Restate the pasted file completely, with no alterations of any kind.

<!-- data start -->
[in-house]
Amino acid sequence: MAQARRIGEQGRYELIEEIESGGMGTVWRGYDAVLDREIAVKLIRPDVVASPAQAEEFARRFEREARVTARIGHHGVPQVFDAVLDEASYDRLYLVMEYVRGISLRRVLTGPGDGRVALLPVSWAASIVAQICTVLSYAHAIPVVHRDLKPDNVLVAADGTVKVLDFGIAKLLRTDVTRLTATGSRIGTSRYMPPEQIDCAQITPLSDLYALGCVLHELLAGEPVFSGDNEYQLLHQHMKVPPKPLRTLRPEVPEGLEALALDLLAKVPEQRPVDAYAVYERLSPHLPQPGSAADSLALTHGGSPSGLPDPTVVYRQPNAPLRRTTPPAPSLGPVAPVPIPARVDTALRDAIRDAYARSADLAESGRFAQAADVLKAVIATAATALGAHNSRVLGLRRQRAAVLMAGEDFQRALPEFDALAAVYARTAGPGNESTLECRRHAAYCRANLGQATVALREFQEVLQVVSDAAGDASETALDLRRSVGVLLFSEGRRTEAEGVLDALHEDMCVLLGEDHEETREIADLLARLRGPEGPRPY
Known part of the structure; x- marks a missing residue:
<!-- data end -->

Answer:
[in-house]
Amino acid sequence: MAQARRIGEQGRYELIEEIESGGMGTVWRGYDAVLDREIAVKLIRPDVVASPAQAEEFARRFEREARVTARIGHHGVPQVFDAVLDEASYDRLYLVMEYVRGISLRRVLTGPGDGRVALLPVSWAASIVAQICTVLSYAHAIPVVHRDLKPDNVLVAADGTVKVLDFGIAKLLRTDVTRLTATGSRIGTSRYMPPEQIDCAQITPLSDLYALGCVLHELLAGEPVFSGDNEYQLLHQHMKVPPKPLRTLRPEVPEGLEALALDLLAKVPEQRPVDAYAVYERLSPHLPQPGSAADSLALTHGGSPSGLPDPTVVYRQPNAPLRRTTPPAPSLGPVAPVPIPARVDTALRDAIRDAYARSADLAESGRFAQAADVLKAVIATAATALGAHNSRVLGLRRQRAAVLMAGEDFQRALPEFDALAAVYARTAGPGNESTLECRRHAAYCRANLGQATVALREFQEVLQVVSDAAGDASETALDLRRSVGVLLFSEGRRTEAEGVLDALHEDMCVLLGEDHEETREIADLLARLRGPEGPRPY
Known part of the structure; x- marks a missing residue: